The essential thing is that the member of the working class has to sell his labour-power in order to live. Beside this salient fact all else pales into insignificance. The differences of dress, pay, education, habits, work, and so on that are to be observed among those who have to sell their working power in order to live are as nothing compared with the differences which mark them off from capitalists.
No matter how well paid the former is, or how many have to obey his commands, he himself has a master. He has to render obedience to another, to someone who can send him adrift to endure the torments of unemployment.
Because he has to sell his labour-power his whole life must be lived within prescribed limits. His release from the need to labour is short and seldom; he has no security of livelihood; he has always to fear that a rival may displace him.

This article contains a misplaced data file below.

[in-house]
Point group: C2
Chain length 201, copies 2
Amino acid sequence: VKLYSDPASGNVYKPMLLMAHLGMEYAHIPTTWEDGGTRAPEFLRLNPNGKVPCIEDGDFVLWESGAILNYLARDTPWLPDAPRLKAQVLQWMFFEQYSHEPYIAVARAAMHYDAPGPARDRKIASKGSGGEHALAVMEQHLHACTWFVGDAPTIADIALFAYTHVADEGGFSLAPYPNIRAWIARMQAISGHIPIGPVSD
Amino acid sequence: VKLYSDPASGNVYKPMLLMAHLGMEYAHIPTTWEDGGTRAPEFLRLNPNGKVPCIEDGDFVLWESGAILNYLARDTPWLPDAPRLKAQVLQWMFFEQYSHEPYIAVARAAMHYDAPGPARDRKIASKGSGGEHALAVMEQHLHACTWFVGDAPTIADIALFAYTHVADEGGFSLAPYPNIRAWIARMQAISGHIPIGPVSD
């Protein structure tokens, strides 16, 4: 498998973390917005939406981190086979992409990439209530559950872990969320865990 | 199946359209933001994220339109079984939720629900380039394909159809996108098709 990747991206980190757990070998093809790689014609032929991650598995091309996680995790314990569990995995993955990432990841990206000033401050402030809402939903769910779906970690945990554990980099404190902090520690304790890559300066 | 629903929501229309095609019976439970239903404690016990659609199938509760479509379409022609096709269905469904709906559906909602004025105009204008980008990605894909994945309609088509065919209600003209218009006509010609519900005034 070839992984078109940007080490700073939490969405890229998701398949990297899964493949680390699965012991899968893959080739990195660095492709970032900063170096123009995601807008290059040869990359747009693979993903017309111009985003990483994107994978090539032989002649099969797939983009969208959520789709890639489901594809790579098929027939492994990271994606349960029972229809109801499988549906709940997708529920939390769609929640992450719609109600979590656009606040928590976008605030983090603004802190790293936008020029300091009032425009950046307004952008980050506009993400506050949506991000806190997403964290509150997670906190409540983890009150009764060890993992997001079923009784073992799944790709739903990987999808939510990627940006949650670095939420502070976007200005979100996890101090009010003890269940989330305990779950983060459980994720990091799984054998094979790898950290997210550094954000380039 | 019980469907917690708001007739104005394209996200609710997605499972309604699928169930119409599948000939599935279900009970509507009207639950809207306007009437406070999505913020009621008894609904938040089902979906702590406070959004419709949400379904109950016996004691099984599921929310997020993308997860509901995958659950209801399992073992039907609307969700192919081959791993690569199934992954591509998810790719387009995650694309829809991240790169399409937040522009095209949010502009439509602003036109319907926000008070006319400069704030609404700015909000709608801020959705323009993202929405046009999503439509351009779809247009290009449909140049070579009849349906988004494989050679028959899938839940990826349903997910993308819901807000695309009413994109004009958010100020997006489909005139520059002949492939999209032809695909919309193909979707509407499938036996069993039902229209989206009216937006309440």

On the other hand, the capitalist, because he is able to deny others access to the means of living, and is, therefore, able to compel them to surrender their labour-power to him, is relieved from the necessity of working. His conditions of life are essentially different from those of the worker—different, not in one or two particulars, but in practically every particular. Ease and luxury are only the most obvious features of a life which has little in common with that of the working class.
For him are leisure and freedom—for the others the fetters of constant toil; for him are the Riviera and the Alps—for the others, the office prison, the weary workshop, the choking town, or the drab country labour yard. And yet the complete story cannot be told in these inadequate comparisons. The whole world is the capitalist’s, and the workers live their hard round simply to enable the capitalist to enjoy his world.